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Pentheus
[945] Could I carry on my shoulders the glens of Kithairon, Bacchae and all?

Dionysus
You could if you were willing. The state of mind you had before was unsound, but now you think as you ought.

Pentheus
Shall we bring levers? Or shall I draw them up with my hands, [950] putting a shoulder or arm under the mountain-tops?

Dionysus
But don't destroy the seats of the Nymphs and the places where Pan plays his pipes.

Pentheus
Well said. The women are not to be taken by force; I will hide in the pines.

Dionysus
[955] You will hide yourself as you should be hidden, coming as a crafty spy on the Maenads.

Pentheus
Oh, yes! I imagine that like birds they are in the bushes held in the sweetest grips of love.

Dionysus
You have been sent as a guard against this very event. [960] Perhaps you will catch them, if you yourself are not caught before.

Pentheus
Bring me through the midst of the Theban land. I am the only man of them who dares to perform this deed.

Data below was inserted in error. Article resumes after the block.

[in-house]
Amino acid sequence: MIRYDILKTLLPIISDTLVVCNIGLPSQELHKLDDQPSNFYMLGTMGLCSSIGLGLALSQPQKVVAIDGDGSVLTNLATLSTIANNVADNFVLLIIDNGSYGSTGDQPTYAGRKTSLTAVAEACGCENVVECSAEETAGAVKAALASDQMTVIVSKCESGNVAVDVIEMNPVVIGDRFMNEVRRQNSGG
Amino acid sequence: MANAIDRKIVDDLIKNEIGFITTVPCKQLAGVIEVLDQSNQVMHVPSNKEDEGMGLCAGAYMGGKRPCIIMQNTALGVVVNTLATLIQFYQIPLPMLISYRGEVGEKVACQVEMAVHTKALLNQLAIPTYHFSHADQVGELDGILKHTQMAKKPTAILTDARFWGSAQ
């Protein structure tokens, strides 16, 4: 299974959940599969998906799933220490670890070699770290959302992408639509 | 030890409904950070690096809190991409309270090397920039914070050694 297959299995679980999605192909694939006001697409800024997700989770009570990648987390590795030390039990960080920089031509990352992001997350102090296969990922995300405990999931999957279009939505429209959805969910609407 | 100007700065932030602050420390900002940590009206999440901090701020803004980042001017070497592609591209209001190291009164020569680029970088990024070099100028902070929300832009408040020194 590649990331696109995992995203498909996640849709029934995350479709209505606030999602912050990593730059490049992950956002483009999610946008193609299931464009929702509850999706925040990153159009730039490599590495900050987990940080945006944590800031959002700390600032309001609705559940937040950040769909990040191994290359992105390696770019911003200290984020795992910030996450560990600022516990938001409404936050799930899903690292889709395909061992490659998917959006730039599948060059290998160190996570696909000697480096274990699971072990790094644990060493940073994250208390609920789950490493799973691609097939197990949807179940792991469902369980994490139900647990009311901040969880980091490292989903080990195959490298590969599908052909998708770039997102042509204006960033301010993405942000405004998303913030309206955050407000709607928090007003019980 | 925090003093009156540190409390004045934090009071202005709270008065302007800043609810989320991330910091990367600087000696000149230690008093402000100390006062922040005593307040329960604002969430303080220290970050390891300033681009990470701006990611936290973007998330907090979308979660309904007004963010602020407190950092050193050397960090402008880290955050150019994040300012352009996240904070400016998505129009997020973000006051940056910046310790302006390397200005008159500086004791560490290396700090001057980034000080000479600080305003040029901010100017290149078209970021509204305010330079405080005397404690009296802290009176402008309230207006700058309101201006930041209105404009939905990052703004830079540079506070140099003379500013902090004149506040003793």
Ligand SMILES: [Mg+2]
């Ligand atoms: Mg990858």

Dionysus
You alone bear the burden for this city, you alone. Therefore the labors which are proper await you. [965] Follow me. I am your saving guide: another will lead you down from there.

Pentheus
Yes, my mother.

Dionysus
And you will be remarkable to all.

Pentheus
I am going for this reason.

Dionysus
You will return here being carried—

Pentheus
You talk of a delicacy for me.

Dionysus
In the arms of your mother.

Pentheus
You will force me to luxury.

Dionysus
[970] Yes indeed, such luxury!

Pentheus
I will get what I deserve.

Dionysus
You are terrible, terrible, and you go to terrible sufferings, so that you will find a renown reaching to heaven. Reach out your hands, Agave, and you too, her sisters, daughters of Kadmos. I lead this young man [975] to a great contest, and Bromius and I will be the victors. The rest the matter itself will show.

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  • Commentary references to this page (1):
    • Sir Richard C. Jebb, Commentary on Sophocles: Oedipus at Colonus, 942
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